Posted in WB Cartoon Companion on March 22, 2004

    One of the most versatile characters of the Warner Brothers studio, Sylvester has demonstrated both a cunning evil streak, mainly in the Friz Freleng-directed cartoons with Tweety, and a sense of vulnerability, as the timid version in a number of great Chuck Jones shorts. He has also been portrayed as a fallible father in a number of Bob McKimson shorts.

    Like many other studios, Warners had had a long series of cartoons with cats chasing birds, mice or what have you, usually with a singular lack of success in catching their prey. The Cagey Canary (Avery/Clampett, 1941) is an oustanding example of a funny cat/canary cartoon in the pre-Sylvester era.

    Freleng and his staff designed Sylvester (not yet named) for the 1945 cartoon Life With Feathers. With his big tomato nose and low crotch, Sylvester was deliberately designed to appear clown-like. The design was later modified for technical reasons, since the low crotch made the character difficult to animate consistently. Mel Blanc provided a sloppy voice that was very similar to Daffy Duck’s, only not sped-up. Sylvester would make two more solo appearences, in Peck Up Your Troubles (Freleng, 1945) and a brilliant bit in Kitty Kornered (Clampett, 1946), before what Schneider accurately calls the “fatal collision” with Tweety in Tweetie Pie (Freleng, 1947), the first cartoon ever to win an Oscar for the studio. Incidentally, Robert Clampett had started work on the film, passing the project to Freleng when he left at the end of 1945.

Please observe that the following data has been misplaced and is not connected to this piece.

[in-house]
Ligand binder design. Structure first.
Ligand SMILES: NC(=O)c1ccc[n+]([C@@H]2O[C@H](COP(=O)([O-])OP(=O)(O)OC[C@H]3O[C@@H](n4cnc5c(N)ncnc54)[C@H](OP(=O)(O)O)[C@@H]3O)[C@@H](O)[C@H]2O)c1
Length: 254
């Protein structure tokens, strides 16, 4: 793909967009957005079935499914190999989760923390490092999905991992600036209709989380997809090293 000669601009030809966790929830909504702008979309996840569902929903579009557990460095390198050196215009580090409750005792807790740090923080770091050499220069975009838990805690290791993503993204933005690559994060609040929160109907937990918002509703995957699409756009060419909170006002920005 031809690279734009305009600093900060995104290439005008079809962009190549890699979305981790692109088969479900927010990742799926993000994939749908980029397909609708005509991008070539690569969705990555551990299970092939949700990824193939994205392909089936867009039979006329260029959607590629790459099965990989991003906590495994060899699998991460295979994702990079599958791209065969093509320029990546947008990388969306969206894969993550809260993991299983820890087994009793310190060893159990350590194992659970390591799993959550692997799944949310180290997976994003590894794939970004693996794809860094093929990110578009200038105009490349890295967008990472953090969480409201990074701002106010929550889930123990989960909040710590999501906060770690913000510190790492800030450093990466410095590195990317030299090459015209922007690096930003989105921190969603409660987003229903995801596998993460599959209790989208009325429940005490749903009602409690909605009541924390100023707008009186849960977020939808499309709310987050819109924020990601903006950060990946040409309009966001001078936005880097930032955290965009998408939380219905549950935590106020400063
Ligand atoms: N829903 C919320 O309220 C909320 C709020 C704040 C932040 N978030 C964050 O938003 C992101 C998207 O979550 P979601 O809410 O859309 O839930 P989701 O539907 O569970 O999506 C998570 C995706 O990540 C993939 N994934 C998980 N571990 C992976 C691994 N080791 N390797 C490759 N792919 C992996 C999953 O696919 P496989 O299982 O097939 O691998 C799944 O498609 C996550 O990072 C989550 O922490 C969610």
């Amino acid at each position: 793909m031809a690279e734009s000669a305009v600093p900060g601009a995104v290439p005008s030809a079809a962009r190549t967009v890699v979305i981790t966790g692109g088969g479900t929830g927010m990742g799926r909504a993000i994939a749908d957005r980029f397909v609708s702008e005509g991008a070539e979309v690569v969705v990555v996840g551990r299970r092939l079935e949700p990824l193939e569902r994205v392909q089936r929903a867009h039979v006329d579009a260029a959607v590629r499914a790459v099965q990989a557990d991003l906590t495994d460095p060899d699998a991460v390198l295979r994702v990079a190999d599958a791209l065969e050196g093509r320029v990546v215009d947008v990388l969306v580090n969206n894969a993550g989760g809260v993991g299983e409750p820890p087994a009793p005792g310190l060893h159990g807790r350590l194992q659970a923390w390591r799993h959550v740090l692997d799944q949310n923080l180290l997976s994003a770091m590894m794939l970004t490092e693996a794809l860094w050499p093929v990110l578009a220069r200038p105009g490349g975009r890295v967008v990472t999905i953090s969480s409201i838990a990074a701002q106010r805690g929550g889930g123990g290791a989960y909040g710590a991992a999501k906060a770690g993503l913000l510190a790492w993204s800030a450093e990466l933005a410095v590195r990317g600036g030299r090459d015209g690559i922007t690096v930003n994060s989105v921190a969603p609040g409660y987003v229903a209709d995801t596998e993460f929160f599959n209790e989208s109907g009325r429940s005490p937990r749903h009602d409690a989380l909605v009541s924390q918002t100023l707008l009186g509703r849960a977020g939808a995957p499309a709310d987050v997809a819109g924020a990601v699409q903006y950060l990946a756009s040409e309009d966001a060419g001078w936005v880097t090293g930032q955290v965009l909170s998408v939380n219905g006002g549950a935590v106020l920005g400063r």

From then on, Sylvester was used in a wide variety of series, principally the series opposite Speedy Gonzales, Tweety, and Hippety Hopper, though he did make an appearence in the Foghorn Leghorn cartoon Crowing Pains (McKimson, 1947). He also made a few appearences as a timid sidekick to the utterly oblivious Porky Pig in a few great Jones shorts, and made one spectacular, out-of-character appearence in The Scarlet Pumpernickel (Jones, 1950) as The Grand Duke. Sylvester, along with Daffy, also had the misfortune to be one of the principal players in the inferior cartoons produced by various other studios for release by Warner Brothers in the 1960s.

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